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Here's an "easy" way to do it - but it requires some preparation beforehand. You need a foot-long ruler and a tape measure - and something that acts as an "always with you reference" (aka your thumb viewed at arm's length). Measure a distance with the tape measure - say 20 or 30 feet and put the ruler there vertically. Now move back to the starting point and look at the ruler with your arm outstretched and compare to the size of your thumb (pick some wrinkle as reference; you may want to move the ruler to a more appropriate distance and you can also use any other item than your thumb for reference). Now you know what a foot-high target at that given distance looks like in relation to that length on your thumb. If the same target was half the distance, it would appear twice as large in relation to the thumb reference and if it was twice as far away, the size would appear half as large. Now all you have to do in the field is guesstimate the size of the animal you are looking at and compare to the known length of your thumb reference. So in the above buffalo example: the animal appears twice as large as your reference length on your thumb (calibrated at a 30 foot distance) and hence is 15 feet away (or as Ed calls it "too darn close"). This gets more and more inaccurate the greater the distance between you and the animal. Edited by Dieter Schaefer
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In Yellowstone, the minimum recommended distance from the bison is 25 yards (75 feet). - Or risk interference from the ranger.

First, that is for an encounter on foot. I didn't specify whether or not on foot.

Second, it was not in Yellowstone or any other NP.

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First, that is for an encounter on foot. I didn't specify whether or not on foot.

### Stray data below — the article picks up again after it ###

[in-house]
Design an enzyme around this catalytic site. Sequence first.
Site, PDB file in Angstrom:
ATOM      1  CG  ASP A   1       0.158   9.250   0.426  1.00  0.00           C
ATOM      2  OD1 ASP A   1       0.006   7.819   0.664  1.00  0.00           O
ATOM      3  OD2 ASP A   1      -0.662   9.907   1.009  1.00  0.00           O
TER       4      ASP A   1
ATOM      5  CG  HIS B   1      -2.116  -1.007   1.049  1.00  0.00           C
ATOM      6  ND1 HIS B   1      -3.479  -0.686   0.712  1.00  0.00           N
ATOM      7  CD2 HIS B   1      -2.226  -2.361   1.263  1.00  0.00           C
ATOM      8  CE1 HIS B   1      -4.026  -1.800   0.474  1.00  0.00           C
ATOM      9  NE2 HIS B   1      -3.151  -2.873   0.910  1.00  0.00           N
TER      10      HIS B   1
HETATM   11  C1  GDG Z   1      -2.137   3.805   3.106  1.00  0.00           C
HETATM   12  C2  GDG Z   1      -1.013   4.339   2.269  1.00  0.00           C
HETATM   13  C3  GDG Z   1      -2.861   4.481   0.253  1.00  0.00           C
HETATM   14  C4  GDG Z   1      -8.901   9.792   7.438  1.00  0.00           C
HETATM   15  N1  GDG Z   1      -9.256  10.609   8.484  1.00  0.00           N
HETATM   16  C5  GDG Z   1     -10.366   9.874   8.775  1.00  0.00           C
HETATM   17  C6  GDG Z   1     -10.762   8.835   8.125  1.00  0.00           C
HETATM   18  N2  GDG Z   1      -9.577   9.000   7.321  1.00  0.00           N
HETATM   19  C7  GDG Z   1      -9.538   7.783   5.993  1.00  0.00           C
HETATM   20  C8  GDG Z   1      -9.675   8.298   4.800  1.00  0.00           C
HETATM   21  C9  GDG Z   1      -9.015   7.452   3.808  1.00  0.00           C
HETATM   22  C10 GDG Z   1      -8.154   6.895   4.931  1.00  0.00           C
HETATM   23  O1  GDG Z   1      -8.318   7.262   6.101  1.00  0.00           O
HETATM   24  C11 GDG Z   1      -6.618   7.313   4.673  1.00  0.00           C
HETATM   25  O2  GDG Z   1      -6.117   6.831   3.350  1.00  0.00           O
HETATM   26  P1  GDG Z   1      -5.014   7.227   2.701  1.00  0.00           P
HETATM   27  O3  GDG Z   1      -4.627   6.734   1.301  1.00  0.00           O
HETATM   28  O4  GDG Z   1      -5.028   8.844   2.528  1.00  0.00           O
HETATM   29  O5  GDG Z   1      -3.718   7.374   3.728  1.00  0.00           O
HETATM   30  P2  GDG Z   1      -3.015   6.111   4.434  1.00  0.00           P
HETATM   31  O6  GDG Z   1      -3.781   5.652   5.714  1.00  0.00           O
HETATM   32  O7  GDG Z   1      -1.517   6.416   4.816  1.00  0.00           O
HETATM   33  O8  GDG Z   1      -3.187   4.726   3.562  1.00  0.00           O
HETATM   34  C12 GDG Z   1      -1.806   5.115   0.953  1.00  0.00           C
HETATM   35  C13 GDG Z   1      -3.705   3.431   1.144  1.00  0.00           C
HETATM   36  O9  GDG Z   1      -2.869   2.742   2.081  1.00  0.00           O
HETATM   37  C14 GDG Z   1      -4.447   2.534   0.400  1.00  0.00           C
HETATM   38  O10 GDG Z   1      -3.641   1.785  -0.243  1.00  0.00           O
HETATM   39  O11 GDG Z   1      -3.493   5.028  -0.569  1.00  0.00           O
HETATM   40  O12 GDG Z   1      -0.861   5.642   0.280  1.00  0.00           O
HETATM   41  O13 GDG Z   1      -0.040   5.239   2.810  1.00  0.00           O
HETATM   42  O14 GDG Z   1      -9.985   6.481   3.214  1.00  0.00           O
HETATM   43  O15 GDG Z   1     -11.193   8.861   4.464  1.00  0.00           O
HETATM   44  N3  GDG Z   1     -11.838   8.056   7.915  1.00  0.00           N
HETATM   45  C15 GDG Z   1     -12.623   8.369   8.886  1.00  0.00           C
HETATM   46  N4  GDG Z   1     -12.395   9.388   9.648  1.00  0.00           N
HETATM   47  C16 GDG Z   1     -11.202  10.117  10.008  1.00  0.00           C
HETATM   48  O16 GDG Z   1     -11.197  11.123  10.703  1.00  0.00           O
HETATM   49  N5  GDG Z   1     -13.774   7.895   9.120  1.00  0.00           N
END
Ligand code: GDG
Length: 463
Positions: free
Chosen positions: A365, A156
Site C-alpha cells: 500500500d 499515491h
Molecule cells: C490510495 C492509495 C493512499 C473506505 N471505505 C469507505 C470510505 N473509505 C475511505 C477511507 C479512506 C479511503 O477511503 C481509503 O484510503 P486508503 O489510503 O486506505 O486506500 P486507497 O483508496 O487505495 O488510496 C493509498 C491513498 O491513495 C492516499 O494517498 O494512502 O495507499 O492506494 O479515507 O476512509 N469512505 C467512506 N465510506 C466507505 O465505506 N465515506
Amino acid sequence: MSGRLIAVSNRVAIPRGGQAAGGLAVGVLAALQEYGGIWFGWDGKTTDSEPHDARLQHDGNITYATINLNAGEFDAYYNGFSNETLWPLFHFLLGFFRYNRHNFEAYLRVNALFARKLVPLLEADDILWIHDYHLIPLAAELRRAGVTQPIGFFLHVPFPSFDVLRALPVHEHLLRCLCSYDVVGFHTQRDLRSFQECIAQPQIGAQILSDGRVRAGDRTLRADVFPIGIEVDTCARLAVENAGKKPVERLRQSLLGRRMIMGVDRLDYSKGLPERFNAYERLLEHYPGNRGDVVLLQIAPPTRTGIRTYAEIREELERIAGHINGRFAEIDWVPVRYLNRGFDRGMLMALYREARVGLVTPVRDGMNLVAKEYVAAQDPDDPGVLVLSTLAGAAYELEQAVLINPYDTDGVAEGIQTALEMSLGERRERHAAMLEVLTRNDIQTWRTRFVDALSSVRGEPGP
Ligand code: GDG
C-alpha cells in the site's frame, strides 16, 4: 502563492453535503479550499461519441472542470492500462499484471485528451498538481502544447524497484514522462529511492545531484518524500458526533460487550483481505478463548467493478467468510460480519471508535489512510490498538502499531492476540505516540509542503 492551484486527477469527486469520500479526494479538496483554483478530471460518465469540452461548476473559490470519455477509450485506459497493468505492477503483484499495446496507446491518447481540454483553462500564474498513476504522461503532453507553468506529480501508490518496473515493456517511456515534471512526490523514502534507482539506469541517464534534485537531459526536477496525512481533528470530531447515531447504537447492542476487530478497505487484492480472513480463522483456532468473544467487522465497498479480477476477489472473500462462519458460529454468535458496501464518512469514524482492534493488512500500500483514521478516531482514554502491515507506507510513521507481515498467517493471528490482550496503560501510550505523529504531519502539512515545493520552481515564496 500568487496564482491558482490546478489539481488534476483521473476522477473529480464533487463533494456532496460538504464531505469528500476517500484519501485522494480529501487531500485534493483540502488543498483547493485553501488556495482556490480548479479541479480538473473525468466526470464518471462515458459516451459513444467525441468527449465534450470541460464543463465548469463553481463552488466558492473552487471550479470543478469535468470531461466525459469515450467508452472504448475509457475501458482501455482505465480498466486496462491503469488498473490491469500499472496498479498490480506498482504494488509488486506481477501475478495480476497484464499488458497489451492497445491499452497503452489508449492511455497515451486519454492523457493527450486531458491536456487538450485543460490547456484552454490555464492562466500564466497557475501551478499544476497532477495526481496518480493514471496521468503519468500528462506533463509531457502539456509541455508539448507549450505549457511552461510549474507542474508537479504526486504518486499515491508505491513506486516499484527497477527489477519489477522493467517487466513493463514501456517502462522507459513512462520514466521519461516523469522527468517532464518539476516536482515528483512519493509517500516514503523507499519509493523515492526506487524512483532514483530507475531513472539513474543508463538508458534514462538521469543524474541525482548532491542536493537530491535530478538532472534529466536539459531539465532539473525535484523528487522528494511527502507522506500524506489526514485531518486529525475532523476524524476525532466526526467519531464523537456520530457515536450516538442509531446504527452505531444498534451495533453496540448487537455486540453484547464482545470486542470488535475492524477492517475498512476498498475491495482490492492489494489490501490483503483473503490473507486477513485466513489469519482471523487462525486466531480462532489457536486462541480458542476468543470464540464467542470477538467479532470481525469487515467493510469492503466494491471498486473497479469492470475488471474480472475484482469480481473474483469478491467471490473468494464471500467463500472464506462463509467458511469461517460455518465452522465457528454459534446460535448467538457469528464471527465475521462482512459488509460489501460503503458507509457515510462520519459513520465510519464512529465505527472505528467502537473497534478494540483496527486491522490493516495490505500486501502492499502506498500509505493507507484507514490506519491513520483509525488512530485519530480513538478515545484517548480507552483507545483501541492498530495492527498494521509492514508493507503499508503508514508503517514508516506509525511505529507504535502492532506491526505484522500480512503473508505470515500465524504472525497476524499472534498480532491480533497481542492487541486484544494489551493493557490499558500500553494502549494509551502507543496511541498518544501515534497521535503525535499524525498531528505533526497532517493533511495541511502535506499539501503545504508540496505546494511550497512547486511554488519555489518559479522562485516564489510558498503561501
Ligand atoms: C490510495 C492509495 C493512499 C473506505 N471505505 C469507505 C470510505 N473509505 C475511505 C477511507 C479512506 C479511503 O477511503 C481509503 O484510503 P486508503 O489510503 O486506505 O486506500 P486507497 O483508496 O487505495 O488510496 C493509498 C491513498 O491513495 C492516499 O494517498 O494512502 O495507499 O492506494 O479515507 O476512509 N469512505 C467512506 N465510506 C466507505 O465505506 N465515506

Second, it was not in Yellowstone or any other NP.

No implication on your distance from the bison at all Edwin. Btw, your bison closeup is in remarkable detail. :)

I stated the restriction in Yellowstone for general reference only. Surely you could be on a vehicle, not to mention there was a barrier between you and the bison. Was it a river?

Anyhow, now I have confirmed to myself that I won't bother to wonder about estimating subject distance using camera data. ;)

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No implication on your distance from the bison at all Edwin. Btw, your bison closeup is in remarkable detail. :)

I stated the restriction in Yellowstone for general reference only. Surely you could be on a vehicle, not to mention there was a barrier between you and the bison. Was it a river?

Anyhow, now I have confirmed to myself that I won't bother to wonder about estimating subject distance using camera data. ;)

Sorry if I came across as testy. I appreciate your comments. Yes vehicle

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In the past I periodically thought about this, especially when somebody asked. I remembered my geometry as well as tricks I learned in the military...all too complicated. My response usually was "in the distance".:)
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In the past I periodically thought about this, especially when somebody asked. I remembered my geometry as well as tricks I learned in the military...all too complicated. My response usually was "in the distance".:)

I could write a program for my programmable calculator or using Excel macro to calculate the distance with the 3 parameters as input. The actual subject size, The size of the subject in the frame and the lens focal length. However, it's not precise due to the fact that I don't know the nodal planes of the lens or if the lens has any focus breathing when focus closer than infinity.